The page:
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Sunday, July 25, 2010

Multnomah County employee pay, top to bottom

One of our back-burner projects has been keeping track of the salaries paid to public officials and officers of nonprofits in the Portland area. Here's an outfit that's done a great job assembling the salary and benefit numbers for all of Multnomah County's employees -- they've put it in a searchable database that should satisfy just about anybody's curiosity.

There are probably a few loopholes here and there -- overtime pay, "retention bonuses," and the like -- but this is pretty much how it should be done. For all government agencies, but especially the more weaselly ones like OHSU, Tri-Met, and the Port. Too bad the mainstream media here is too lazy, gutless, or both, to provide the service.

Comments (50)

Is this an episode of the Twilight Zone?

Jack, you're right, this should be done for all government agencies.

I did a quick analysis of just the first ten pages of Multnomah Co.s employee list. What are they running over at Multnomah Co.-a Hospital?

In just those pages there were over 84 health care personel; doctors, senior health care managers, dentist, psychiatrists; from $215,667 to $136,787. I stopped there not wanting to know how many are in health care in the remaining 200 plus pages. Will they all be laid off when ObamaCare takes over? I can't wait for my Multnomah Co. taxes to be reduced.

Another good analysis would be counting all the management positions and their total compensation and percentage of all employees.

I noted with interest that Multnomah County's cost for retirement benefits through PERS for its employees is about 21% of salary (with some variation). The same site has similar information for state employees. The state's retirement contributions are about 15% of salaries. Why the difference?

The mainstream media is afraid to bite the gubberment hands that fax them ready to read/print stories.

Then there is the newsies hope they might land one of those gubberment jobs spinning those ready to read/print stories for the mainstream media.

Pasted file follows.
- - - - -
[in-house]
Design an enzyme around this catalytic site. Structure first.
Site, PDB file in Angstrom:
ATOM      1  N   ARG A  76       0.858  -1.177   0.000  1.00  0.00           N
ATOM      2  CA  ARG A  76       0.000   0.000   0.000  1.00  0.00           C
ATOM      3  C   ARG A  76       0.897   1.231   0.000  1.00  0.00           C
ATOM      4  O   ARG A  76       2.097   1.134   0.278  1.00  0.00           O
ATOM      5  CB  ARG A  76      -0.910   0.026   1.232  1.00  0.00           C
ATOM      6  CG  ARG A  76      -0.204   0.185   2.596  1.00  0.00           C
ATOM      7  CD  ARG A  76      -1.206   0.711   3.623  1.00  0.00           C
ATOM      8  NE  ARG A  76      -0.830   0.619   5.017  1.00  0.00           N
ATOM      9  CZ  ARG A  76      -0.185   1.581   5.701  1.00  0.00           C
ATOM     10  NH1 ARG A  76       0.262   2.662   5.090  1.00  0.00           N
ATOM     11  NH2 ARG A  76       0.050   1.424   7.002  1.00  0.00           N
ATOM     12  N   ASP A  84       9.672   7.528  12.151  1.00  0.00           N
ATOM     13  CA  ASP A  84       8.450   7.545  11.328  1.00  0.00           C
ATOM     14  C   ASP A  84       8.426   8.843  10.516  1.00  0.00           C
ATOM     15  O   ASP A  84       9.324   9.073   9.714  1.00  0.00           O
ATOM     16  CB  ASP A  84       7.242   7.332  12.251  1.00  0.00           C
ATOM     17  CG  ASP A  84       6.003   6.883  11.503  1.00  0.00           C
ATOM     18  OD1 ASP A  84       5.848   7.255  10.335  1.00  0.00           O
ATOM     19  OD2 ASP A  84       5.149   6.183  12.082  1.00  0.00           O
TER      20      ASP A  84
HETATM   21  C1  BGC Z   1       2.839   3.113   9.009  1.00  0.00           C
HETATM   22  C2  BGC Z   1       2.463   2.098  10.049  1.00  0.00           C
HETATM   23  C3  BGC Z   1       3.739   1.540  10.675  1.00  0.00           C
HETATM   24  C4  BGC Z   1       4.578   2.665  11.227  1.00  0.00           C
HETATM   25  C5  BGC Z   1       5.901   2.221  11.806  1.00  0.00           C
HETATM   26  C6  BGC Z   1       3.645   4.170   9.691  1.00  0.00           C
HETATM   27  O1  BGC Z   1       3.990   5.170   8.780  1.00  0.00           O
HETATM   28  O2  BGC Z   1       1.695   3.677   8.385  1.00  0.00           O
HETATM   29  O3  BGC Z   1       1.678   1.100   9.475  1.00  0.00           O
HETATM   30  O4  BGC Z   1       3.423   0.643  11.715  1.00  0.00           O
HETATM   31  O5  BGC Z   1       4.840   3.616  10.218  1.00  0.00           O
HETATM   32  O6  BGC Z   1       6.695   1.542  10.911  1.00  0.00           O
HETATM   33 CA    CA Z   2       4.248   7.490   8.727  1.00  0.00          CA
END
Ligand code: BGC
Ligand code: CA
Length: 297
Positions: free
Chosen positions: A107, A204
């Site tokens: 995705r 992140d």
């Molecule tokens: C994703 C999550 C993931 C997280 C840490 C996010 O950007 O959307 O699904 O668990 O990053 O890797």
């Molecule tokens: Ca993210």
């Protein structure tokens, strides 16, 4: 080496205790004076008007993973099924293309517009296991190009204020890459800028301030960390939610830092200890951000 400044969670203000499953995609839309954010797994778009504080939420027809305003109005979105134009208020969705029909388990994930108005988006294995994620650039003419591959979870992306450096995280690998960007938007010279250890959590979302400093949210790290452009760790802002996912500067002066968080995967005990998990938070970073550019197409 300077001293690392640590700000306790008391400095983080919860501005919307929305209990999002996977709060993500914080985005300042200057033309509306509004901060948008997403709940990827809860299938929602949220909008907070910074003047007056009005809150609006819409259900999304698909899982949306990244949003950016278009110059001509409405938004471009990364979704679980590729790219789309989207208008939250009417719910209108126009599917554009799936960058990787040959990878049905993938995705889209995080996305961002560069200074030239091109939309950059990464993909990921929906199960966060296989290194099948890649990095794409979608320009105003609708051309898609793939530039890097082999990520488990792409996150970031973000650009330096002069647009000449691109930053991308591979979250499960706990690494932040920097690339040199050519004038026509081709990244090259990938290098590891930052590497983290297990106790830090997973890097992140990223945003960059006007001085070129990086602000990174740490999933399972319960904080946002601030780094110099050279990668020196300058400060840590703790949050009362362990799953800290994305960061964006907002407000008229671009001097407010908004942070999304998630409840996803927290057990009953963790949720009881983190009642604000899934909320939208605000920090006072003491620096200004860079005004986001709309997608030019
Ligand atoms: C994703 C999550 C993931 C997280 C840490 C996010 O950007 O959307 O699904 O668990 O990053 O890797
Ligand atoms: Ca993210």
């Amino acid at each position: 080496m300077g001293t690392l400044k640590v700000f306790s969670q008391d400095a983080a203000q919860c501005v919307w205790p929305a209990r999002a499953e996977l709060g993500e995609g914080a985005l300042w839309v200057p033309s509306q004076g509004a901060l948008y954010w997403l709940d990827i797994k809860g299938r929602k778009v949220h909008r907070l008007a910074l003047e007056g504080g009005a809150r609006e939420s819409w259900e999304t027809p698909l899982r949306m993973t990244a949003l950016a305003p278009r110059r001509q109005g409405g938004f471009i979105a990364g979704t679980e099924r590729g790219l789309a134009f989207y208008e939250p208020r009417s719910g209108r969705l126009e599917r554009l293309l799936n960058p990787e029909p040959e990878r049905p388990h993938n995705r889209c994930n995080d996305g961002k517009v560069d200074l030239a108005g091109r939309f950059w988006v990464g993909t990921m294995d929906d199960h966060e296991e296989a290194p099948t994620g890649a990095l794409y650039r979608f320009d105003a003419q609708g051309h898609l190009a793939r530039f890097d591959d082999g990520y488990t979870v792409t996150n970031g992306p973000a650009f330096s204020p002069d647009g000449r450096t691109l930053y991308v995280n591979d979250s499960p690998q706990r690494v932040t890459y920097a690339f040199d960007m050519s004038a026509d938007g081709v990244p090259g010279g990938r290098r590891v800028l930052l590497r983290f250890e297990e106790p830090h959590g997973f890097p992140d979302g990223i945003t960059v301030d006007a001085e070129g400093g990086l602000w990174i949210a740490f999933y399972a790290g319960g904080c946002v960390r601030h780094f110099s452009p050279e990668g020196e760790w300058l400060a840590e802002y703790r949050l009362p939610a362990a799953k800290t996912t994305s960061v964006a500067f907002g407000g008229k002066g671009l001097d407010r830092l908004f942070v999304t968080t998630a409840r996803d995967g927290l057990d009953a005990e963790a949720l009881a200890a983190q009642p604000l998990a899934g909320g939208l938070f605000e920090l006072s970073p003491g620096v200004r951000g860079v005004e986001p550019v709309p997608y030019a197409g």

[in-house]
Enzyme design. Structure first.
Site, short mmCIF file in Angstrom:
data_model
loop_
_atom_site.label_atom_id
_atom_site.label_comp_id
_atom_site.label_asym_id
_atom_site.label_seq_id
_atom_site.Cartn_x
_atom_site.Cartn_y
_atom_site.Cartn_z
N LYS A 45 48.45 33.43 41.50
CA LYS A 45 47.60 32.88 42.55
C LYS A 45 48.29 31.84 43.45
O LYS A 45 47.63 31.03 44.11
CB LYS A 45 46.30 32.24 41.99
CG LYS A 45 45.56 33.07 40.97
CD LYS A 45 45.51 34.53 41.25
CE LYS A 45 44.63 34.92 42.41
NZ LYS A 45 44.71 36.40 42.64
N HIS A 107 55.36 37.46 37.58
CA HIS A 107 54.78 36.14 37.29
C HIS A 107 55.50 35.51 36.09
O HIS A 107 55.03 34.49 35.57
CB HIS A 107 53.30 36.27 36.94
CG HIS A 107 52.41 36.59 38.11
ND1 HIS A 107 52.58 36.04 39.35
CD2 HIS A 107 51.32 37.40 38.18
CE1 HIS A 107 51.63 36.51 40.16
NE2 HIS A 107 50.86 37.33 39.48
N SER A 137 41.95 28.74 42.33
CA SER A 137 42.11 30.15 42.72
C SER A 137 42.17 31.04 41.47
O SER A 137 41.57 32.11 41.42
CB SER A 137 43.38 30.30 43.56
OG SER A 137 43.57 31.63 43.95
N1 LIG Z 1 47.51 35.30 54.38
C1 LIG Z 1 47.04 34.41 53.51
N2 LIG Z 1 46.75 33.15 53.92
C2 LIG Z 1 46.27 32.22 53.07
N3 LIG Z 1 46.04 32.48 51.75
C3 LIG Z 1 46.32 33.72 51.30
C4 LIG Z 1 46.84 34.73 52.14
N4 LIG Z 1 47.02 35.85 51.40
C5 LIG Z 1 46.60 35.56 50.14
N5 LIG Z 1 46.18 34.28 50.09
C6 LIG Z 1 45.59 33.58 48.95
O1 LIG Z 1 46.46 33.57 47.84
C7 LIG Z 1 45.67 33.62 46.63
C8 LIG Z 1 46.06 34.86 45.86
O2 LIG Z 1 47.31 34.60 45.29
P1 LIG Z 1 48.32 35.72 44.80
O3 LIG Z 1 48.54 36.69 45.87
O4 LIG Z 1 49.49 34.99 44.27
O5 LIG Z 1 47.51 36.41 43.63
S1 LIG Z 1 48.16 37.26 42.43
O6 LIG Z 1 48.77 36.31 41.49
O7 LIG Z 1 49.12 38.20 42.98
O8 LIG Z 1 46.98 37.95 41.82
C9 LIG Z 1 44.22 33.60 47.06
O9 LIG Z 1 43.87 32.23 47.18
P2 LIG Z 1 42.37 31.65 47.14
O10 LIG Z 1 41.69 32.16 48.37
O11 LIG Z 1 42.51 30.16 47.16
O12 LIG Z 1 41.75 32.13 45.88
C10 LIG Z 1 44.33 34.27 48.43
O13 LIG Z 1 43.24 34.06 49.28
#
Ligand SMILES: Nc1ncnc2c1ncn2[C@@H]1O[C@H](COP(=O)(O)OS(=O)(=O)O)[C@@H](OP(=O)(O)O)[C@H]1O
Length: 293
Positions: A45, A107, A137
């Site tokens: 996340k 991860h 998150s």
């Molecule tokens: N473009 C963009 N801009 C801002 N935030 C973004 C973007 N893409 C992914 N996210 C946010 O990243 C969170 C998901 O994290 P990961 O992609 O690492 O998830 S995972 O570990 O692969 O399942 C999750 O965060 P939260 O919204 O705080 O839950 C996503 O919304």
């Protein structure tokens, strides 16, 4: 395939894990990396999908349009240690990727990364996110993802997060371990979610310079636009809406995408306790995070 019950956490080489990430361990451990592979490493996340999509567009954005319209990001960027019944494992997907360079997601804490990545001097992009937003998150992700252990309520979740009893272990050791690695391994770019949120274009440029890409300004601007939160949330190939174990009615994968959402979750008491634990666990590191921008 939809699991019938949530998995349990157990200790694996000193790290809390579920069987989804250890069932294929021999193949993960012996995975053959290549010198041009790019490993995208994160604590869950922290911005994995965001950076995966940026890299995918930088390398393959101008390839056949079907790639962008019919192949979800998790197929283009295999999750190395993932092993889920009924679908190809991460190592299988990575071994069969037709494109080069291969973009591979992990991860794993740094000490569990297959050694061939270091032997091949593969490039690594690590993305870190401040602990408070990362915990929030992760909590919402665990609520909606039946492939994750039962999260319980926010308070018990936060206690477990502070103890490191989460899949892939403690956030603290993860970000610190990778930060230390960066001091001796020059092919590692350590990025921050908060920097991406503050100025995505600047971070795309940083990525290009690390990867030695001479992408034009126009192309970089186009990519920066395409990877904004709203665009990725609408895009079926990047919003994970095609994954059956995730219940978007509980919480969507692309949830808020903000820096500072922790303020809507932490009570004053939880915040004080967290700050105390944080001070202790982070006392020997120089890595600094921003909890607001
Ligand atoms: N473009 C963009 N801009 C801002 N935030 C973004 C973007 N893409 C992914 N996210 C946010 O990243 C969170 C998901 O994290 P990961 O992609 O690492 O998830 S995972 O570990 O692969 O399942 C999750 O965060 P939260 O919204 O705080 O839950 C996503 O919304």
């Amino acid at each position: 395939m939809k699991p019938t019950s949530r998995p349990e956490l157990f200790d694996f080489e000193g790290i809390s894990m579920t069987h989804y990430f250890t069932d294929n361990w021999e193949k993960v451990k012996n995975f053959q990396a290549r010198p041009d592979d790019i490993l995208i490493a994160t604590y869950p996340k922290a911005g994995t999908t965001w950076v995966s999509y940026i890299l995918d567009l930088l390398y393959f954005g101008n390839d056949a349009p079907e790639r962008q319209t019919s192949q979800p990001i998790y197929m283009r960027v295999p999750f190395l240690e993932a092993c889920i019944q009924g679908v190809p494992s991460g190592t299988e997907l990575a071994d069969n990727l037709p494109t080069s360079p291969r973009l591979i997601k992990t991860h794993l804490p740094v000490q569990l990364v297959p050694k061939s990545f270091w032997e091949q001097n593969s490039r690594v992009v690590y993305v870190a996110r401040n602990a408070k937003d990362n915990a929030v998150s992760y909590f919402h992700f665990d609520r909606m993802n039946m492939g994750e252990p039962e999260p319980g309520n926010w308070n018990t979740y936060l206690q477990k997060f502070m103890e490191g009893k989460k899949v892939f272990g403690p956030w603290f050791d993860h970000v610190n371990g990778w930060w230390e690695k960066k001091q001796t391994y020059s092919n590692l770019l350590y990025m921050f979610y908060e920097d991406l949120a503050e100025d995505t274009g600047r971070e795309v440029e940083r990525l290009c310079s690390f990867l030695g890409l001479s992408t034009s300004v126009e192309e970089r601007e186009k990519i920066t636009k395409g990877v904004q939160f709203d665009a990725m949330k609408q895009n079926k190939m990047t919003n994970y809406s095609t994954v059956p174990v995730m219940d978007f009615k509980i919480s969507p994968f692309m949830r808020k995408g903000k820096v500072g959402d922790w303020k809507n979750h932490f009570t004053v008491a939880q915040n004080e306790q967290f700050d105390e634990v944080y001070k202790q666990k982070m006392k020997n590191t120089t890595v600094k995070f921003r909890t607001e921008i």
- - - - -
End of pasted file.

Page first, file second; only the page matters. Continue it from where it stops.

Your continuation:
Journalism reduced to cut and paste.

Community Justice, IT head pulls in 165K!! Look at ALL of the people making more than 100K! We need some hope and change here!!

Lots of sheriff dept. people making the big bucks.

It't the insulated class.

Not quite as bad as that 32000 city near LA that was paying, what, $800k to the mayor... but this is pretty sickening.

Call me incredibly naive, but why do we need a county health department anyway? To send out alerts about swine flu and such?

Deep into the corrections officers at page 55 and still above 100k. Not seen yet-the social workers/benefits coordinators(and the teachers who are obviously in a different data base) who are the glue holding things together as the recession teeters on a double dip.

Oh man, I remember the flack that went on when the Stateman Journal in Salem listed the local teachers salaries a year or two ago.

"Thats personal information! Its not fair that everyone knows what I make!"

Big money in Human Resources! I'm sure they spend lots of taxpayer money to conduct salary analysis, comparing themselves to corporate counterparts. Seems lots of people in HR need more than 100k to do their jobs.

Not bad, 1103 people making > $100K/yr (for those of you who went to public schools that is > $110M/yr alone).

Cogen makes $180K and the other commissioners make $120K/yr - for basically doing nothing besides once a week meetings to vote and running their personal PR machines.